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    The End of the Pap Test? FDA to Decide

    How many women get both tests?

    About half of women 30 and older who get a Pap test also get an HPV test, Saslow says. Not all doctors give both tests.

    “New technologies and new protocols take a while to catch on,” Waxman says. If the FDA approves Roche’s HPV test as a primary test, he says, “my guess is ... it’s going to take a long time before we see a major shift in the way women are getting screened.”

    Women who do get both tests might not realize it, because samples for the two tests are collected from the cervix at the same time.

    How often would women be screened with a standalone HPV test, and at what age would they start?

    While cervical cancer screening guidelines recommend that only women 30 and older get an HPV test, Roche proposes that its test be used in women as young as 25.

    Their study followed women age 25 and older for 3 years. They received HPV and pap tests each year.

    Saslow cautions it’s not clear whether women could go longer than 3 years that between normal HPV tests. Under current guidelines, women age 30 to 65 who get both tests can go 5 years between tests.

    For the past 6 months, Saslow and representatives of other organizations involved in cervical cancer screening tests have been working on “interim guidance” for doctors and patients. They plan to have their guidelines ready by the time the FDA makes a decision.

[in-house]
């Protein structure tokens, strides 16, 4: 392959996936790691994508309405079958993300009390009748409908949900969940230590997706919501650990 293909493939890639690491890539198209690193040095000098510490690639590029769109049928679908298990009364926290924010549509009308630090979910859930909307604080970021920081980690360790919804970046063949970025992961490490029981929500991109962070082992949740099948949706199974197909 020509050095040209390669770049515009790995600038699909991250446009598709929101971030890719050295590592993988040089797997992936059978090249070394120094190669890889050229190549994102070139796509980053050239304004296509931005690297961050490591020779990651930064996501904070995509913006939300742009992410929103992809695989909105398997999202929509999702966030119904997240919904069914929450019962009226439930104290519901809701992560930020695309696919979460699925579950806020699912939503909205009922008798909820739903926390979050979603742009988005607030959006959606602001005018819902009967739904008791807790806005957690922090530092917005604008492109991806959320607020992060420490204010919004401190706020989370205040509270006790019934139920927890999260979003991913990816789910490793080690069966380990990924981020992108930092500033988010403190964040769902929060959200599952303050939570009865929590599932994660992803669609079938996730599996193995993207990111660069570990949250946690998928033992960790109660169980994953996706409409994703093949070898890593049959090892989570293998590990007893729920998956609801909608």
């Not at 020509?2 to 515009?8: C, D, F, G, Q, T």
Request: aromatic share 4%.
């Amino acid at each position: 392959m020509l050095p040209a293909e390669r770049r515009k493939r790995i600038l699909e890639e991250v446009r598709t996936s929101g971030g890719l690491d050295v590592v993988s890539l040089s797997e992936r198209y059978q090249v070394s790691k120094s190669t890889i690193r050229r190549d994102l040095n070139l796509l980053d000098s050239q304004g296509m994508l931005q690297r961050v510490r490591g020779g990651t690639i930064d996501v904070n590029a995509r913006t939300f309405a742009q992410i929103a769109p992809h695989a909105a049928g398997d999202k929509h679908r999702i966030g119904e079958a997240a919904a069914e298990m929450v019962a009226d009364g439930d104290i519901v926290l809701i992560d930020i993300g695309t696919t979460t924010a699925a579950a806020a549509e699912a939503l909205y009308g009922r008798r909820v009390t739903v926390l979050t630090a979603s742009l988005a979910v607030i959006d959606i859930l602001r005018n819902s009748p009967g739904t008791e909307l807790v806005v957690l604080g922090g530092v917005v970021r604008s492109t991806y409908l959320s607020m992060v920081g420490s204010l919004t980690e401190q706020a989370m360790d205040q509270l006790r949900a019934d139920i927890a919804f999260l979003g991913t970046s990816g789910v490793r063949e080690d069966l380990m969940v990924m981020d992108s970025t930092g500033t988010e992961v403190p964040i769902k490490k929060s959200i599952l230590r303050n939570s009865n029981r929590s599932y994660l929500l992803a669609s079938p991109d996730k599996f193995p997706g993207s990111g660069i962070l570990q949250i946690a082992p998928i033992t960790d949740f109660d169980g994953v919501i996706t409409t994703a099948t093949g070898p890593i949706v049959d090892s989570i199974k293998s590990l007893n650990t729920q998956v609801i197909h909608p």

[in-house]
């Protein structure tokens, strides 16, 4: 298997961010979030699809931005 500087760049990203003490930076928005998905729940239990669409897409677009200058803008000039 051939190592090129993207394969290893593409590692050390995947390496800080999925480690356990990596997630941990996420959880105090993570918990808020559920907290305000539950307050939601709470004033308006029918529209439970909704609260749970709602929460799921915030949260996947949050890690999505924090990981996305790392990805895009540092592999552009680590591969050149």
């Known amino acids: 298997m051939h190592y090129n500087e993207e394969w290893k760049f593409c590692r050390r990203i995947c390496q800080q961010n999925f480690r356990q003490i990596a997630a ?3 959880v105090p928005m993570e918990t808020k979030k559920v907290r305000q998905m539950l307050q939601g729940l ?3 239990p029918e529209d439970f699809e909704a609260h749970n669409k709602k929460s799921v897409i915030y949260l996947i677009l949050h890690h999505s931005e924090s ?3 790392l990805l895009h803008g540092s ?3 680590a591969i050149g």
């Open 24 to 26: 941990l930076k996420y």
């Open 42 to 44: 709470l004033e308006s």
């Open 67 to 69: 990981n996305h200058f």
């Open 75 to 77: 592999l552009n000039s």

Roche provided confidential research information to the group before it was made public at the FDA meeting, Saslow says. To help fill in the blanks, the working group is also looking at research done in Canada and Sweden and by Kaiser Permanente in Northern California.

    In women tested only with the HPV test, what’s the next step if a high-risk type of the virus is found?

    That depends. According to Roche’s application to the FDA, women whose tests show HPV 16 or 18, the highest-risk types, would then get a more thorough test called a colposcopy.

    Women whose tests don’t show HPV 16 or 18 but do show one of the other high-risk HPV types would have a Pap test. If their Pap test is not normal, they would get a colposcopy.

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